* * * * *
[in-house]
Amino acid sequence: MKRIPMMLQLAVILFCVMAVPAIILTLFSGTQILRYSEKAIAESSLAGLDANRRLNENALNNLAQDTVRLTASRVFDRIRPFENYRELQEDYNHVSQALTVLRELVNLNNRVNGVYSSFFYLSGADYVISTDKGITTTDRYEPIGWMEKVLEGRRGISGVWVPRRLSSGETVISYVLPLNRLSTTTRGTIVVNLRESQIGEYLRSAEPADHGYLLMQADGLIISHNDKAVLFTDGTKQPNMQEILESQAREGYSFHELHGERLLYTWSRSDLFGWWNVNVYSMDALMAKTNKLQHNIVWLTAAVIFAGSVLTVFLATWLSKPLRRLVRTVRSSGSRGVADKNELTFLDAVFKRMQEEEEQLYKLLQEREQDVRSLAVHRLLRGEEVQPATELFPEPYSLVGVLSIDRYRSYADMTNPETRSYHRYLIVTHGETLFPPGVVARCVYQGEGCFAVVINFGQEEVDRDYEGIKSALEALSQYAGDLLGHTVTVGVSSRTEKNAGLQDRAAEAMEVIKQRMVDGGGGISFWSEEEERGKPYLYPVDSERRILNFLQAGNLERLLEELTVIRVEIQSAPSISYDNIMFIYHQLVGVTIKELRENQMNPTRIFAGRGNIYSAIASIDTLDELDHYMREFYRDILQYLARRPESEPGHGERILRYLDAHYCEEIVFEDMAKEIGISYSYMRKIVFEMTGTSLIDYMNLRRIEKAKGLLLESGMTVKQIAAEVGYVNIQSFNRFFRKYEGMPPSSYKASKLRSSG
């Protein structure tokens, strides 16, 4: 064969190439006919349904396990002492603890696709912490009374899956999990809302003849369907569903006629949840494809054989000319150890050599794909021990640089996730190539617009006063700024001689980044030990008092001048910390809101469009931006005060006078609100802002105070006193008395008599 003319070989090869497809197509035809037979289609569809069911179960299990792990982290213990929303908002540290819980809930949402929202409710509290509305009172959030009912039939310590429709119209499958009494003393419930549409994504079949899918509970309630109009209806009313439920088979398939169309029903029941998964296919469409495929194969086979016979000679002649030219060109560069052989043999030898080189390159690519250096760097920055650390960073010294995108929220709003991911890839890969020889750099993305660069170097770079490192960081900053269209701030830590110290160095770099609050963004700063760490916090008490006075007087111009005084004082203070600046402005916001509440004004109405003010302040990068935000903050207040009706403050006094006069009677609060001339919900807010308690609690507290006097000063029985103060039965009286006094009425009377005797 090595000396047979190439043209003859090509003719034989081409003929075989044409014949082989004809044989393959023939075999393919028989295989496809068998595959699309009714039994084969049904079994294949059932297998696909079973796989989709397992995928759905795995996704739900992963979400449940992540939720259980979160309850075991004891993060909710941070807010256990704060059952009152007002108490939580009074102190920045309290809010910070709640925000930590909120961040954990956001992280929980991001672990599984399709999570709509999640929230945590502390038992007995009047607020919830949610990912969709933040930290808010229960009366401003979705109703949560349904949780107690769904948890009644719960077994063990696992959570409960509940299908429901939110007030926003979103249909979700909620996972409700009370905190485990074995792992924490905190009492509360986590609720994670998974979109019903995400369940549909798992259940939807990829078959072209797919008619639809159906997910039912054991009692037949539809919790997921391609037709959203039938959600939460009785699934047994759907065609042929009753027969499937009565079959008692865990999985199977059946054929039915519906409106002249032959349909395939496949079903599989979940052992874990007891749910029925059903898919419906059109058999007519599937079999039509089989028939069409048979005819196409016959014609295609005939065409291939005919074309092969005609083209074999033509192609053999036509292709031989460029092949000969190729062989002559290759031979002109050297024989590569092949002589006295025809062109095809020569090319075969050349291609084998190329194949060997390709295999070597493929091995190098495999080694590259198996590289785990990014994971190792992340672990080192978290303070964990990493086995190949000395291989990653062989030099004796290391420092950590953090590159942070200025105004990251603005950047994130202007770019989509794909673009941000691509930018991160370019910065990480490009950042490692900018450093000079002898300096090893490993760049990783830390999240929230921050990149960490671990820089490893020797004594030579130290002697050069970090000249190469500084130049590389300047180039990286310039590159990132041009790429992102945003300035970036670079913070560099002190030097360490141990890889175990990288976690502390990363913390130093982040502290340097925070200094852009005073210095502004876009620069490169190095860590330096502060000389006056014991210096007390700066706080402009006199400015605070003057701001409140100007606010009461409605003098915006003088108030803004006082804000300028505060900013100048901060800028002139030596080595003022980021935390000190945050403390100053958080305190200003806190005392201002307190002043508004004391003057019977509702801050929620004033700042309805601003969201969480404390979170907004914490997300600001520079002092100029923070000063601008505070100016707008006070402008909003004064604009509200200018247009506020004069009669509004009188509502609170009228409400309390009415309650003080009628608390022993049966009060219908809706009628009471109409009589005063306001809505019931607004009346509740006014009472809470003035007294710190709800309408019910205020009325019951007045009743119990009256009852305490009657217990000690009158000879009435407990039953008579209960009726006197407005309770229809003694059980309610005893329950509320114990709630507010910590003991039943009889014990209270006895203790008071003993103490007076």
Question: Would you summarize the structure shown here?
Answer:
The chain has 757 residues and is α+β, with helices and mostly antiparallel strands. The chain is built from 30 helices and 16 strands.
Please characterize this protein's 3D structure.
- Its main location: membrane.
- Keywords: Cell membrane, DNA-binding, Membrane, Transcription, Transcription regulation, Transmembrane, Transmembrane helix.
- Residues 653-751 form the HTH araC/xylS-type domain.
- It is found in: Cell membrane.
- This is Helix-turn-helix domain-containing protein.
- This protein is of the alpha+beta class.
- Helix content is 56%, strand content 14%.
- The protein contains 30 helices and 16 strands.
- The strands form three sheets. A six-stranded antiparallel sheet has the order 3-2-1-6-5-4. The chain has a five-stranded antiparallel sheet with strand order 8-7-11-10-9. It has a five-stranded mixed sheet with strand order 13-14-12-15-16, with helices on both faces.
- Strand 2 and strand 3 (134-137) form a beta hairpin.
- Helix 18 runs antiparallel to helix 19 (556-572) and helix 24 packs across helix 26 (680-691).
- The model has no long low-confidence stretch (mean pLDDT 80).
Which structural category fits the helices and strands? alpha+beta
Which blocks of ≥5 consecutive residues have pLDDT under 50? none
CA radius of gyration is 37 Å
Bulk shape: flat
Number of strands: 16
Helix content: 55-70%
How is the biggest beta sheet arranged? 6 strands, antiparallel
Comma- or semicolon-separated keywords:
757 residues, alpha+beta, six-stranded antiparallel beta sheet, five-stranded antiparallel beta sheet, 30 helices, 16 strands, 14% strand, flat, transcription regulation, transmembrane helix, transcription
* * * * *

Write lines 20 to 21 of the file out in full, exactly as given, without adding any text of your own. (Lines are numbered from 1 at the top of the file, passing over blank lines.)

Which structural category fits the helices and strands? alpha+beta
Which blocks of ≥5 consecutive residues have pLDDT under 50? none